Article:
February 23, 2009
While recording in Bulgaria did begin as early as the first decade of the 20th century, it wasn’t until the 1930s when independent Bulgarian labels began to crop up that recording began in full-swing. To compete with Odeon, Pathé, and HMV, local labels like Orfei, Arfa, Balkan, and London Record were recording at a rapid clip. That said, it wouldn’t surprise me if these records received little distribution beyond cities in Bulgaria – finding folkloric Bulgarian records in anything above hopelessly worn condition is difficult.
Today’s piece was released on the Radioprom label…but perhaps not at first. The Communist government consolidated (and liquified) the assets of all active Bulgarian independent record labels as part of a nationalization process in the late 1940s, with everything then lumped together under the state-owned label Radioprom. Despite the amount of propaganda released by Radioprom, they did release much folkloric music as well – and re-released material that had previously appeared on other labels. In this case, it appears that Ms Tsekova’s piece originally appeared on the Orfei label, where she recorded a number of tracks in her apparently short-lived career on 78s. And as for Radioprom, it eventually became known as Balkanton in the LP era.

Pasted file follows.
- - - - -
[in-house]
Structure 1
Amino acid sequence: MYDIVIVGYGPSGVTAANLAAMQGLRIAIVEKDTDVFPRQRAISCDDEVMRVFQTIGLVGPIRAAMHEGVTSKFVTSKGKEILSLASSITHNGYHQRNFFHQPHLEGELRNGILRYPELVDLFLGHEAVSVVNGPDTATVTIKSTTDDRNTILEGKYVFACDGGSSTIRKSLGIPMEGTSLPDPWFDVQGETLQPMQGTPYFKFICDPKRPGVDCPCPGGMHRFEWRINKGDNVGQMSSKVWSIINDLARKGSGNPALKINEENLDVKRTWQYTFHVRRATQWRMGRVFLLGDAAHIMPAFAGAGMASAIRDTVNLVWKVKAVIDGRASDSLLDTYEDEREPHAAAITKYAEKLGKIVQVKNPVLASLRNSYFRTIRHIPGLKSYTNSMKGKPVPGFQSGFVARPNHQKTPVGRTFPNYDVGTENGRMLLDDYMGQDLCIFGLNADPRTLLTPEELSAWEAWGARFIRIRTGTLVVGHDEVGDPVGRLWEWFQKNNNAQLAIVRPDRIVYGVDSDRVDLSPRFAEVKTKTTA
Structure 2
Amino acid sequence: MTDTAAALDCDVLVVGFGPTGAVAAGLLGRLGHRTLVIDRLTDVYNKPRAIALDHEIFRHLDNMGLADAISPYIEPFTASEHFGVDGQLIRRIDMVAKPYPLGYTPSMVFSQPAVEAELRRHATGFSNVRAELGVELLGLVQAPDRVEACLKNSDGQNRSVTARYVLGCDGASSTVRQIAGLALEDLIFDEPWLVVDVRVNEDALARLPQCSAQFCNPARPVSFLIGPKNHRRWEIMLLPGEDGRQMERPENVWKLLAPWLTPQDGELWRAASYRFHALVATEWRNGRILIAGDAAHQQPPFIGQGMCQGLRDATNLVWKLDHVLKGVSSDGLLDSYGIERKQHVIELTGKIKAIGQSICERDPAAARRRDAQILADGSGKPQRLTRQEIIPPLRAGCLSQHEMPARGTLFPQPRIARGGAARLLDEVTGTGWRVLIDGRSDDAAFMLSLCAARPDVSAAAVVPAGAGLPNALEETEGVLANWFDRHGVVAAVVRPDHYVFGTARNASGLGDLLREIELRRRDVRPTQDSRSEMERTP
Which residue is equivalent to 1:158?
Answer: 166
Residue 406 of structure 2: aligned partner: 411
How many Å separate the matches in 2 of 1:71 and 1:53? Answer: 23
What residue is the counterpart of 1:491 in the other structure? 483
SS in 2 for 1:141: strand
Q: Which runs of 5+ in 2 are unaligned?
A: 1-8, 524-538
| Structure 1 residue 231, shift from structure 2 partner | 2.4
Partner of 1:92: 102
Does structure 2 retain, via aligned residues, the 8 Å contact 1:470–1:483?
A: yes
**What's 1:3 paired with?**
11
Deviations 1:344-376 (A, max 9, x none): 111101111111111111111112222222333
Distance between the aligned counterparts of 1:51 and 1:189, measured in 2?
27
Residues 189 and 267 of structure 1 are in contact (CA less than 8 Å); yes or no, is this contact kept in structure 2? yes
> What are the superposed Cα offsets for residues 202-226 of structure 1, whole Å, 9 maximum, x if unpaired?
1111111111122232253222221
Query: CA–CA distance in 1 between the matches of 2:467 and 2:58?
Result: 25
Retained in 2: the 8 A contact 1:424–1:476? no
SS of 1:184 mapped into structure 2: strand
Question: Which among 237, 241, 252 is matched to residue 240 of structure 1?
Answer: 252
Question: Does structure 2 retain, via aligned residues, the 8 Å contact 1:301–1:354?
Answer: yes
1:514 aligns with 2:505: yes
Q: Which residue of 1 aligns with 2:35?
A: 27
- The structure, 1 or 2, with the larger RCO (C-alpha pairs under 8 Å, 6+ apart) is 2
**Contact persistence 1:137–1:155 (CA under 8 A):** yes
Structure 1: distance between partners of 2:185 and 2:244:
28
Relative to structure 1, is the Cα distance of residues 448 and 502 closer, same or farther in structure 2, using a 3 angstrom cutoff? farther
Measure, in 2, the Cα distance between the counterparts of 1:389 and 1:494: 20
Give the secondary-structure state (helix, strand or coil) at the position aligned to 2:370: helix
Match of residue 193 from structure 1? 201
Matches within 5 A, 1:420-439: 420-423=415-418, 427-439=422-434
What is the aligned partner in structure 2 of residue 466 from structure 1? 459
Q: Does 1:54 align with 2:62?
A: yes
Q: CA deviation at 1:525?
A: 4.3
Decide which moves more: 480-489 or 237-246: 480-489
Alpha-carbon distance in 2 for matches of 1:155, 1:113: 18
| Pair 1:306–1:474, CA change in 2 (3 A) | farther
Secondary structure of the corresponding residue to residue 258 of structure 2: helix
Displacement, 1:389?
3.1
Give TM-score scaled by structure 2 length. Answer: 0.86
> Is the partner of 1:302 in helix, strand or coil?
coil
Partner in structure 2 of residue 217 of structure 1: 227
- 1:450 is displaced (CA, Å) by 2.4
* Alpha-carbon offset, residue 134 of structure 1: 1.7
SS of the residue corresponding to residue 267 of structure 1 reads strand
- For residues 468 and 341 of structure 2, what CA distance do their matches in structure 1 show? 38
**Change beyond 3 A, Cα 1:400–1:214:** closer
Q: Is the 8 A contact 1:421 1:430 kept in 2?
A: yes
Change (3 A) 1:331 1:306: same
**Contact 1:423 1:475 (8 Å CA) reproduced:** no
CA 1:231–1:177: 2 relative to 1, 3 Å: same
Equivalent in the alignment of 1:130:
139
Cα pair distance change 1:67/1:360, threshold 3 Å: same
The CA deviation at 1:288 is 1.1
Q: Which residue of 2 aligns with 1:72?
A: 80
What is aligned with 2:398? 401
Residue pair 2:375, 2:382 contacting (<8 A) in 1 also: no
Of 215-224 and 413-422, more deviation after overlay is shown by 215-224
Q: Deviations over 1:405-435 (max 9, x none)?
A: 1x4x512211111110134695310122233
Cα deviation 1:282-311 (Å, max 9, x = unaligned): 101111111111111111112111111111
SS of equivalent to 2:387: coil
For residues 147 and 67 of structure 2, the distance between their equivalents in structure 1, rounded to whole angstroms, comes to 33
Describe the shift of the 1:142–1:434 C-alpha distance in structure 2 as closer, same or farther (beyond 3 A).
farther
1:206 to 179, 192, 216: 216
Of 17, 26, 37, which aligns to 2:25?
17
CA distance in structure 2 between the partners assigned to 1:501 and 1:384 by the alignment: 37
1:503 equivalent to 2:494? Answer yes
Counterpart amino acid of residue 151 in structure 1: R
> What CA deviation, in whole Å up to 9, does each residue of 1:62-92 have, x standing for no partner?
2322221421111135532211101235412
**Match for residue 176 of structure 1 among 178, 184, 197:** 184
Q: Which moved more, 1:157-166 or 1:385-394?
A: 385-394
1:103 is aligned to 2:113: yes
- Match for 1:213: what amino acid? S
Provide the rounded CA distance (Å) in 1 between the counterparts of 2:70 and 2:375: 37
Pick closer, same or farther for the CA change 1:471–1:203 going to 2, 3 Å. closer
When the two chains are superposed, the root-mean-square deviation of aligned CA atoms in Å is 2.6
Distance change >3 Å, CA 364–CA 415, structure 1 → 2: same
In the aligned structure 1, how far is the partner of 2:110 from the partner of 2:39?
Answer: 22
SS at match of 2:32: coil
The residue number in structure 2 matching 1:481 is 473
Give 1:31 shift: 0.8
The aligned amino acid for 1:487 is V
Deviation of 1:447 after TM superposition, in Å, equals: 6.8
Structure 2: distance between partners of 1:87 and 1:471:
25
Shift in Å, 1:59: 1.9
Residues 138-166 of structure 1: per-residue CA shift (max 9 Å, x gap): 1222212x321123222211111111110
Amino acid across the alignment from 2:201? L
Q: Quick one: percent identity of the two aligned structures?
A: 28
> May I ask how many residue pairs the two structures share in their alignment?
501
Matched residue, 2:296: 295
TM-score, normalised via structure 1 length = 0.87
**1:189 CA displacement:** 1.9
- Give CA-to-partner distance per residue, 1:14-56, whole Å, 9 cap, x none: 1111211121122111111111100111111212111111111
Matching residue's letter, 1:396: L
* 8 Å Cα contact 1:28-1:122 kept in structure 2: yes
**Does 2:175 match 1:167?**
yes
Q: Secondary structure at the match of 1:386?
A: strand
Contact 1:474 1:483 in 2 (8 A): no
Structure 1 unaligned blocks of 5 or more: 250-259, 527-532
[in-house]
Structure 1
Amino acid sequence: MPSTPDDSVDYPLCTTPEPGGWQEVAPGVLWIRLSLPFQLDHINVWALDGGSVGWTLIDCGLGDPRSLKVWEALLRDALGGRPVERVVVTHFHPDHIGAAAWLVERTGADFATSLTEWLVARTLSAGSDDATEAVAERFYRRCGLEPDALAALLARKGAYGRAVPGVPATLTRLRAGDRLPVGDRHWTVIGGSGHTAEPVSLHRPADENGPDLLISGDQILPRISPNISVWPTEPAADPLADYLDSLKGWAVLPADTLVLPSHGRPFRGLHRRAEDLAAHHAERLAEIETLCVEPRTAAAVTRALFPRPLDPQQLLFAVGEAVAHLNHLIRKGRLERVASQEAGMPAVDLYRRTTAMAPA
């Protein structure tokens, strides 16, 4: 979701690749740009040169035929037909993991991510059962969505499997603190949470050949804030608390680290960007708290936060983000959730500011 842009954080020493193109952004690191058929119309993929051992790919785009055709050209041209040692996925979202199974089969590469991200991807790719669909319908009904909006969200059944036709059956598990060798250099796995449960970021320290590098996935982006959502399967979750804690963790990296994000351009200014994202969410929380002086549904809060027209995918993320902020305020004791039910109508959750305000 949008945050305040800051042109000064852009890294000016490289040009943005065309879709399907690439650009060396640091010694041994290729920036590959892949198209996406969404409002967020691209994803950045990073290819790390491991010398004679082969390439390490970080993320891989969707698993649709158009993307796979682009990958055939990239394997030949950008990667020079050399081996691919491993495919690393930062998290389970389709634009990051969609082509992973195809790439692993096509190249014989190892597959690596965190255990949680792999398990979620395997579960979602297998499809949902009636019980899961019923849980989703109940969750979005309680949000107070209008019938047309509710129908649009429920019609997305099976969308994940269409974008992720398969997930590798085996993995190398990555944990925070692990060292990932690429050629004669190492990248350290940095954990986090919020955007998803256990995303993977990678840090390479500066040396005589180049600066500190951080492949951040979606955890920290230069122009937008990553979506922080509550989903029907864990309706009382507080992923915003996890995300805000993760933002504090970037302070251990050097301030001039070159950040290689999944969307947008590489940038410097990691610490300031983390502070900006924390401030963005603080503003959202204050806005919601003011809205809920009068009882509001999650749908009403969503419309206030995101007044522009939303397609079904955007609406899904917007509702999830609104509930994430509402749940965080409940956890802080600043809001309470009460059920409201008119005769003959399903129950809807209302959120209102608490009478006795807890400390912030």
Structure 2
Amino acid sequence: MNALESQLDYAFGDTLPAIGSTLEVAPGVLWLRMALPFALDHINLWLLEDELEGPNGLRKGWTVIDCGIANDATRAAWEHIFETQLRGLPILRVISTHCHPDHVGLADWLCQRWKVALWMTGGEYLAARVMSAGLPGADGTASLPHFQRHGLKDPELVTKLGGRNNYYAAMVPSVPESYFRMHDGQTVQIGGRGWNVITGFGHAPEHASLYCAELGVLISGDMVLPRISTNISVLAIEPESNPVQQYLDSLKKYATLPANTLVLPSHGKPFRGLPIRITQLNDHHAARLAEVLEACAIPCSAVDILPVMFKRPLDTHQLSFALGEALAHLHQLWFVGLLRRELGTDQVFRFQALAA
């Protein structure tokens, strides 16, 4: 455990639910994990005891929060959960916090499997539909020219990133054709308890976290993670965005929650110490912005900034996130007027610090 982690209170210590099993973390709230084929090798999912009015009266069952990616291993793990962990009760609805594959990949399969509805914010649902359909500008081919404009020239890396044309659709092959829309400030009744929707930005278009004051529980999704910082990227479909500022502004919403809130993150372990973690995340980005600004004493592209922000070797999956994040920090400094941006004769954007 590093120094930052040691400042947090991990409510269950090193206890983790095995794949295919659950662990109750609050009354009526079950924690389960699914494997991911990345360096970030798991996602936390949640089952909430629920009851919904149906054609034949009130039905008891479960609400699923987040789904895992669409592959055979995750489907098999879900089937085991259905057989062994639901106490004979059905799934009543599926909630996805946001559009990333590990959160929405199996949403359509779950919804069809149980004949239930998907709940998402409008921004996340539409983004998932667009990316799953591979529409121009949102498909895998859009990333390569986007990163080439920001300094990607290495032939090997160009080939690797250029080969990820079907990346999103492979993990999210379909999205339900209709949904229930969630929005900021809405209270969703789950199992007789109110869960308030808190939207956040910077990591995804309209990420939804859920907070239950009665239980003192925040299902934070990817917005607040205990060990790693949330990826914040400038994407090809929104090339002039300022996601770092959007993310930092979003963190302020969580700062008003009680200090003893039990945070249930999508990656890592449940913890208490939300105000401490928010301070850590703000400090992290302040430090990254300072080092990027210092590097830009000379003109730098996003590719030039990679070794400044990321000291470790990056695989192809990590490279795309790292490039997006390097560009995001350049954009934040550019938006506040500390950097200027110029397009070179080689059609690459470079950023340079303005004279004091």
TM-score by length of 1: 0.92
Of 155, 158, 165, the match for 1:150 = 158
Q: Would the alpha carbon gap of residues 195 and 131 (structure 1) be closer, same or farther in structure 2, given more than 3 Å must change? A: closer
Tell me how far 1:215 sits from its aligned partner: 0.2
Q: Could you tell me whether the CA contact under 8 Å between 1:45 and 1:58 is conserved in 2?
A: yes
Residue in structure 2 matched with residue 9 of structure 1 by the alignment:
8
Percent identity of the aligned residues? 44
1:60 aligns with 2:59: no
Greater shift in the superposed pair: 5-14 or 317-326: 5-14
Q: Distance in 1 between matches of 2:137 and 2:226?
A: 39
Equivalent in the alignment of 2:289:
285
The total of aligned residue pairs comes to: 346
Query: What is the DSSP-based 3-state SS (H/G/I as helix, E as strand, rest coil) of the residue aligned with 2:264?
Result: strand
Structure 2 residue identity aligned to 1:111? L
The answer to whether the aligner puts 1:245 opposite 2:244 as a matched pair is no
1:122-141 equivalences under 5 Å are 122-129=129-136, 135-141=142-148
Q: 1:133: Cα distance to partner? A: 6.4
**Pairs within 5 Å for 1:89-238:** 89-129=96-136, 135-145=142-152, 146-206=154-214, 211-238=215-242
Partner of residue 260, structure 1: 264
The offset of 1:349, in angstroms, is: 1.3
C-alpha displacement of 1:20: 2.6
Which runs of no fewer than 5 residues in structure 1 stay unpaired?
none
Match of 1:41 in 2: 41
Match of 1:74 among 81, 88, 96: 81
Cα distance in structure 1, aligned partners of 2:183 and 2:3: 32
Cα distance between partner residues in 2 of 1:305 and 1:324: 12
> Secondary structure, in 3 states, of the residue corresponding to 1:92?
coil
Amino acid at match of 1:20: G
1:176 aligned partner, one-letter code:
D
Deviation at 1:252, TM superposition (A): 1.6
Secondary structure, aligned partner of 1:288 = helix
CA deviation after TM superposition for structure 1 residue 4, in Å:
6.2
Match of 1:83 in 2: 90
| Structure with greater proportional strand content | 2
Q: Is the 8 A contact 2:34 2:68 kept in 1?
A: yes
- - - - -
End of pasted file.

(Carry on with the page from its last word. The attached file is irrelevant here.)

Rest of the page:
Ms Tsekova sings with the Peyu Budakov brass band (along with a clarinetist, a violinist, a lute player, and an accordion). The exact transliteration of the Cyrillic title, “Kako Todoike, Todoike” may be slightly incorrect. Kako means “older sister” in Bulgarian – and the female name that comes closest in Bulgarian is “Todorke.” I’m reasonably sure this is a song about Todorke, the older sister, though any help is of course appreciated. The equally terrific flip side to this record appears on Song of Crooked Dance, on Yazoo Records. Lauren Brody’s notes for her CD provided some of the information here, as well.
So, here we are with more forgotten sounds, the marks etched in the grooves, as fine as dust…
Issue Number: 1042
Matrix Number: 1610
February 16, 2009